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But he also lived in the beach town of Morehead City, nearly an hour away from New Bern, and his roommate had the car for the night, so could I drive to him?

We had a great night hopping from a seafood restaurant, to a cocktail lounge, to making out at a bar on a dock so close to the water you could dip your feet in.

Brittany, a 26-year-old waitress, tells me that when she joined Tinder, all her friends called her “Tinderella” because it was so weird to be on it. People love to blame Tinder for hookup culture, but Becky joined because she was looking for the opposite.

Her dad even paid for her to try with her location set to Raleigh because he doesn’t like the guys where she lives — but no one wants to drive two hours for a date.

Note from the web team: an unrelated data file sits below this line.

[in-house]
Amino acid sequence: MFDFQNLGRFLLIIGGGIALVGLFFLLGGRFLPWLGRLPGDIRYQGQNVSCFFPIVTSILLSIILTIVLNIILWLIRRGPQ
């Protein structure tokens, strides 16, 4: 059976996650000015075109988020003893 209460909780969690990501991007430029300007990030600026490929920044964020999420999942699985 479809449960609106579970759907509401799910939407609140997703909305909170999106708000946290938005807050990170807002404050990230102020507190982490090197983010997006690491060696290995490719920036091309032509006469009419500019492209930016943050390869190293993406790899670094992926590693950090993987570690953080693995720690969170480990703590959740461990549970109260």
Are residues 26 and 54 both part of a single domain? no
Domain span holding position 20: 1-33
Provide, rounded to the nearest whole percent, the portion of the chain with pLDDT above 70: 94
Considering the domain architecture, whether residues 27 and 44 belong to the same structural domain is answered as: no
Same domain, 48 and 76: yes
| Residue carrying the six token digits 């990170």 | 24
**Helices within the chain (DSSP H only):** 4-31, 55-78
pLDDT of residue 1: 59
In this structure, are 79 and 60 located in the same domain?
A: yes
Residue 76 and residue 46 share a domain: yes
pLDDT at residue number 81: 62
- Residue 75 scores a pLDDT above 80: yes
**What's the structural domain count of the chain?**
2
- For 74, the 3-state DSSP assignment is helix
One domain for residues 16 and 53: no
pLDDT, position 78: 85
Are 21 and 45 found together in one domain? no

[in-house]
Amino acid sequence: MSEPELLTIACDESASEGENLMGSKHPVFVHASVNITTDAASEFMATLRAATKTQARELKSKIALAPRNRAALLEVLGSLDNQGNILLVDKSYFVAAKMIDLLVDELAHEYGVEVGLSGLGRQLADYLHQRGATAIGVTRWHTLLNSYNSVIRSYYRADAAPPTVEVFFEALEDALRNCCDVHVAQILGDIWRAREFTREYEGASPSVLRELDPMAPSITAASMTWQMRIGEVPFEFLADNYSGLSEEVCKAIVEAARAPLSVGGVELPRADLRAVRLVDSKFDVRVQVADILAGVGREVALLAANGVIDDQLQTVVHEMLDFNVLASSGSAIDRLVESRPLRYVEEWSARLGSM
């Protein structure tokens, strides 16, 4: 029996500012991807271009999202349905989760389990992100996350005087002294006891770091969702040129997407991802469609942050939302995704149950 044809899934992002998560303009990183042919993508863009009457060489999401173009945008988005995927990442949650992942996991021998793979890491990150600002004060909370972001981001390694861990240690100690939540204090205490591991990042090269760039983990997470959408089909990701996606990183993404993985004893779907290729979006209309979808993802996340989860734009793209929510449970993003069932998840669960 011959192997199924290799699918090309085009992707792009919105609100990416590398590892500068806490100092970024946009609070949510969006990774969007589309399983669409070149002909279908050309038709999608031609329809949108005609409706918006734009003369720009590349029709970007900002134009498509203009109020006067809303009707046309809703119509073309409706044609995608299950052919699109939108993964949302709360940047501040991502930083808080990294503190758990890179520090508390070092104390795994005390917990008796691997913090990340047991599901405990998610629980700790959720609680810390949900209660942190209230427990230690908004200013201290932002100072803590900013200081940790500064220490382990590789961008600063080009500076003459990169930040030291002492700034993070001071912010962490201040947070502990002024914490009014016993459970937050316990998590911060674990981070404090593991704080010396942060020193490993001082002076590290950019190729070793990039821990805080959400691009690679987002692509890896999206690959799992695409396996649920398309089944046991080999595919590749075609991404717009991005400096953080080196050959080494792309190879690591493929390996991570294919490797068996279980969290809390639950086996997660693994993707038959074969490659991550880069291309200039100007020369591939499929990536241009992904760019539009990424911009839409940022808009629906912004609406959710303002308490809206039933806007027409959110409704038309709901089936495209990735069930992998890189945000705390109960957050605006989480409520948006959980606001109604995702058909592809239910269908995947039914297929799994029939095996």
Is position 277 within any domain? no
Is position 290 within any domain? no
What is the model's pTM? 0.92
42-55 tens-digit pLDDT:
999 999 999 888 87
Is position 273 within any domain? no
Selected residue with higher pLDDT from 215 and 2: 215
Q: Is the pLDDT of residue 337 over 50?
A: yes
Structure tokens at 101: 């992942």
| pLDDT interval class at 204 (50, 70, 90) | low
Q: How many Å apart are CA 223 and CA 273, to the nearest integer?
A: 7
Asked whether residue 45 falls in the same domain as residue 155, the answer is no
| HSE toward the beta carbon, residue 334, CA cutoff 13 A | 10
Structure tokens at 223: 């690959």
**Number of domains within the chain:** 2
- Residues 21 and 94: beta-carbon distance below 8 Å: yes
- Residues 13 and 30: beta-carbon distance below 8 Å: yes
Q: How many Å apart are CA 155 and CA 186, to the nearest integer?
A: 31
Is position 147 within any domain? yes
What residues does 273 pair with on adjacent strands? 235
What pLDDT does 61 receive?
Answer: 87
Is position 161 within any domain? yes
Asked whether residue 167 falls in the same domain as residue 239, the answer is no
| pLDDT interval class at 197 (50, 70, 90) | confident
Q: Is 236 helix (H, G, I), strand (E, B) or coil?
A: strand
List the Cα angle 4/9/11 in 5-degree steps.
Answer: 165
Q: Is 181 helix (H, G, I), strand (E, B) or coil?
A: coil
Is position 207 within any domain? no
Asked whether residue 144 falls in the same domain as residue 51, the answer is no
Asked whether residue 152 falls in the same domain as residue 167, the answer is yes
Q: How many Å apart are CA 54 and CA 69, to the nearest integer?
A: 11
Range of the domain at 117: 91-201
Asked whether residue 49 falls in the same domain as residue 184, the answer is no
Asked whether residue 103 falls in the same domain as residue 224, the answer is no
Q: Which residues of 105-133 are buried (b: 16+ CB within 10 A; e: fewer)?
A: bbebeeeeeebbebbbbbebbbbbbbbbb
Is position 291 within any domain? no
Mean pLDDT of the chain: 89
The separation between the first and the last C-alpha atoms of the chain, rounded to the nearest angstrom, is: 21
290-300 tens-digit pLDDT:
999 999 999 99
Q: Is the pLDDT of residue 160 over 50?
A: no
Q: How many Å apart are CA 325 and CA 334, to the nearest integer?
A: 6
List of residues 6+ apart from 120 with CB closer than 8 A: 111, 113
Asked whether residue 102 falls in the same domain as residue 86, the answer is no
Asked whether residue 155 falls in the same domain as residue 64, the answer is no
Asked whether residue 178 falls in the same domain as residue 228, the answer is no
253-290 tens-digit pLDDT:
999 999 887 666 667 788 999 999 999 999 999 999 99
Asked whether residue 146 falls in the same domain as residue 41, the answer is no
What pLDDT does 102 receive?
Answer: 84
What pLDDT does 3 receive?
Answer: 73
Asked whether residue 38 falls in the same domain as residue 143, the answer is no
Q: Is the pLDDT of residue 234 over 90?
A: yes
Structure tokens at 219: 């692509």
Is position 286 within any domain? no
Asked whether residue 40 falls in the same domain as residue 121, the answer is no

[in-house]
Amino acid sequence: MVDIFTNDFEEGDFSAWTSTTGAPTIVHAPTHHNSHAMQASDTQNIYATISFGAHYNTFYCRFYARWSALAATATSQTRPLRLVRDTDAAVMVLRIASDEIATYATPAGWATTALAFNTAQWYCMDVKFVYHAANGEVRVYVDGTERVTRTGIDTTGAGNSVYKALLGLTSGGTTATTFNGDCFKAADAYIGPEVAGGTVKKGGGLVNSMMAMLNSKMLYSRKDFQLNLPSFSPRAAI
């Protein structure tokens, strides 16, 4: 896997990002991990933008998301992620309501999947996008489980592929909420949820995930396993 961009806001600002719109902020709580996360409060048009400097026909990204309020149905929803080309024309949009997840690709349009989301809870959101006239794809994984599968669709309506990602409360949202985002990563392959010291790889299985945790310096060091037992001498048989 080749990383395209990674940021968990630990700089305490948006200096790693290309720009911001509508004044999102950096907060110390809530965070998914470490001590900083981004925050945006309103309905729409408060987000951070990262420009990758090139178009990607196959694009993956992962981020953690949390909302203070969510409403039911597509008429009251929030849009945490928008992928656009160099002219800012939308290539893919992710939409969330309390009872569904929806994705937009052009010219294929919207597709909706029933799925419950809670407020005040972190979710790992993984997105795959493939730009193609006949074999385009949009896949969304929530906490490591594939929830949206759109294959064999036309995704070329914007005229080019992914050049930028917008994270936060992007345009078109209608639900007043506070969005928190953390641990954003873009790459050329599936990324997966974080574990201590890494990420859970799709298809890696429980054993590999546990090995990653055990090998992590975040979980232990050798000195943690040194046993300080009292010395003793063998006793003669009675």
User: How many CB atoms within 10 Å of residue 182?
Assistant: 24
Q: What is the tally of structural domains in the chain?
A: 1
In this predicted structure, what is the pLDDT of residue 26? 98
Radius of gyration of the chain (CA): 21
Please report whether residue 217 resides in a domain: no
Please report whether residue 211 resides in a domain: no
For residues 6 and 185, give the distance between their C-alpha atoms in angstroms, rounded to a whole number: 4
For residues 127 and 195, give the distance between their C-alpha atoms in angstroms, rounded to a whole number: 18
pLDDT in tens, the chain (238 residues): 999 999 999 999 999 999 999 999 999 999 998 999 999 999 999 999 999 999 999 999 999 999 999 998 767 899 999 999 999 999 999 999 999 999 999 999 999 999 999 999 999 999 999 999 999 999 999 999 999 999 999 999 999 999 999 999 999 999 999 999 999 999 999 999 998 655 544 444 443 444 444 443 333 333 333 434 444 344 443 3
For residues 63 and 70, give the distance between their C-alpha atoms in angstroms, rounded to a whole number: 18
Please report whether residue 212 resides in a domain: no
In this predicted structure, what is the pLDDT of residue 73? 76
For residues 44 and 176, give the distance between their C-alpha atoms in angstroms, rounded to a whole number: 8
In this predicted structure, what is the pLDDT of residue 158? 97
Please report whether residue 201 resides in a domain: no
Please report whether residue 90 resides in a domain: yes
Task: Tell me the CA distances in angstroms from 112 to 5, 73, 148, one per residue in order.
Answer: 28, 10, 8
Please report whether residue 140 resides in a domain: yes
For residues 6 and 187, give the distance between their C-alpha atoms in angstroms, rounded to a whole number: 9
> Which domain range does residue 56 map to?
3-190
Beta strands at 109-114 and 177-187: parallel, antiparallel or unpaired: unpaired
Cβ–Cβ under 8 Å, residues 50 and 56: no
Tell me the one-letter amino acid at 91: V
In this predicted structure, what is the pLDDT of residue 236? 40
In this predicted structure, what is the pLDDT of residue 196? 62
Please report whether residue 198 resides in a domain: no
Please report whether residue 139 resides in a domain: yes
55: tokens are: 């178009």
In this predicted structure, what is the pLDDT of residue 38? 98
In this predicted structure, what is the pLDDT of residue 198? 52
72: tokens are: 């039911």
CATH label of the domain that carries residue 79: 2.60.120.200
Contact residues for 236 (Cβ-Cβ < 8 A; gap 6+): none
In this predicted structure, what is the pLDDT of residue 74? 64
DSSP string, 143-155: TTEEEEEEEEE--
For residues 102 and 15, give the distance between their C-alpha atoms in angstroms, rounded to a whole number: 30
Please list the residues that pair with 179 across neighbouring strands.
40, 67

The next night, we had another terrific date wandering around New Bern and going on a ghost tour (half the town is haunted, apparently).“I definitely assume everyone is a Republican,” Becky, a 26-year-old elementary school teacher and Democrat who dates all political persuasions, told me.“I can’t limit my options here; I don’t have so many.” She’s not kidding. That’s the feeling that rises up in my throat whenever anyone asks me the totally non-condescending question of why I’m still single, which I’ve answered so many times in so many tones (“Just haven't met the right guy, I guess! There was the guy who kept taking calls from a number he’d labeled “Happy Happy Fun Time,” which turned out to be his drug dealer. I've met guys in bars, at parties, while snowboarding, through friends, and online via Ok Cupid, Match, Tinder, Hinge, Happn, Bumble, The League, How About We, Coffee Meets Bagel, and even Nerve.com, a site for “literary smut” that hosted online personals in that early-aughts dark age before smartphones.And then there was Peter, who I met that night in a bar set in the basement of a haunted mansion.

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